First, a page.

Recently I acted as a witness to a court marriage in New Delhi. This wasn’t a normal wedding. Rather, it was an interreligious wedding between a Muslim man and a Hindu woman. The two, who are both academics, decided to get married after a few years of courtship. While Hindu-Muslim weddings in India are not a regular occurrence, they are not uncommon. Interfaith marriages were rarer a generation ago but today it is not unusual for everyone to know someone who has a partner from outside their religious community.

As I was signing marriage documents as a witness of the local community, my mind was preoccupied with the concept of “love jihad.” A new coinage, the term has been popularized by right-wing Hindu groups across India, especially in western Uttar Pradesh.

There, several politicians, mainly members of the right-wing Bharatiya Janata Party (BJP), have argued that Muslim males have been seducing Hindu women, and have been converting these women to Islam under the pretext of marriage. According to BJP politicians, the practice of “love jihad” has grown alarmingly common in the state of Uttar Pradesh, especially in Muslim-dominated areas. Thus, they argue, the time has come for such interreligious marriages to stop.

Large parts of India never heard of this phrase until three months ago. But ever since the BJP came to power in New Delhi, the term “love jihad” has become a part of the popular consciousness all over India. This terminology may be part of a sustained campaign in parts of western Uttar Pradesh to consolidate Hindus against Muslims, which would help the BJP in elections.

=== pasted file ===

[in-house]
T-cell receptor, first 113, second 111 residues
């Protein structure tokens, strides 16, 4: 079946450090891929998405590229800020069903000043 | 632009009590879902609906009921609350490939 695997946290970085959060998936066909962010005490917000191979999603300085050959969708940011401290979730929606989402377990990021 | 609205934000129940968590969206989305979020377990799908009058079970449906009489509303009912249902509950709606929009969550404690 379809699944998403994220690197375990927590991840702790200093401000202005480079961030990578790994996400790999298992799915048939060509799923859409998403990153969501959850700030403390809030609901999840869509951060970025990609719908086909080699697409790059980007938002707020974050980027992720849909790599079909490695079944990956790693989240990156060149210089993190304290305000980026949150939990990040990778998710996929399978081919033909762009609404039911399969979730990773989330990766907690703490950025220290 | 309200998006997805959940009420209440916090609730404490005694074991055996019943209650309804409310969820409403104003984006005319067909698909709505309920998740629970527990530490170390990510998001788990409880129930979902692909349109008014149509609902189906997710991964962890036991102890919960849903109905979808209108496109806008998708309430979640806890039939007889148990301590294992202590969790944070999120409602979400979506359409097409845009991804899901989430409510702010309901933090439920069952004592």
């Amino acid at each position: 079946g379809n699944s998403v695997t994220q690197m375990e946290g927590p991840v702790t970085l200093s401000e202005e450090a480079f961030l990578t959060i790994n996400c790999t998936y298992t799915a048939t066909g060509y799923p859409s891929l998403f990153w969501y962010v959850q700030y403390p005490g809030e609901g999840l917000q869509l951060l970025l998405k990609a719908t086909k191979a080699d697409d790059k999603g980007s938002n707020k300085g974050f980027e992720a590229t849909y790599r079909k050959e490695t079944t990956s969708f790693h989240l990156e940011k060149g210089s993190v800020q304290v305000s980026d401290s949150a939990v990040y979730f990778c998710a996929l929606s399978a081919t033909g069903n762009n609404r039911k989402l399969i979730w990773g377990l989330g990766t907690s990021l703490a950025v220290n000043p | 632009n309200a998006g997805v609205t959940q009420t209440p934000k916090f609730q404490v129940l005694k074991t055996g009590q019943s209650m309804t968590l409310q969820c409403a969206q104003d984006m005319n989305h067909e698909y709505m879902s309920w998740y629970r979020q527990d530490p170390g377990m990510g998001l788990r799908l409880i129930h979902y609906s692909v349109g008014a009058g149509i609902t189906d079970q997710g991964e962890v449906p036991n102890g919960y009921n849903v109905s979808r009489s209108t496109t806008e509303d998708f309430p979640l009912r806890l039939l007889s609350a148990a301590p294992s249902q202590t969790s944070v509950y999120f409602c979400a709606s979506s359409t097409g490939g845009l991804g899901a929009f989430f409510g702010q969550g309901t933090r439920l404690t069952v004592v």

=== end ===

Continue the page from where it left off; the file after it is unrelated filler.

How real is “love jihad”?

According to an investigative report by NDTV, a New Delhi-based TV channel, “love jihad” is a political campaign by the BJP against India’s minority Muslim community, aiming to polarize voters in the name of religion. Uttar Pradesh will soon go to the polls.

The Rashtriya Swayamsevak Sangh (RSS), a Hindu organization that is often affiliated with the BJP, recently launched a campaign in Uttar Pradesh claiming that recent religious riots in parts of the state have been engineered by Muslims to convert Hindu women to Islam. The RSS has launched a door to door campaign warning Hindu families about interacting with Muslims.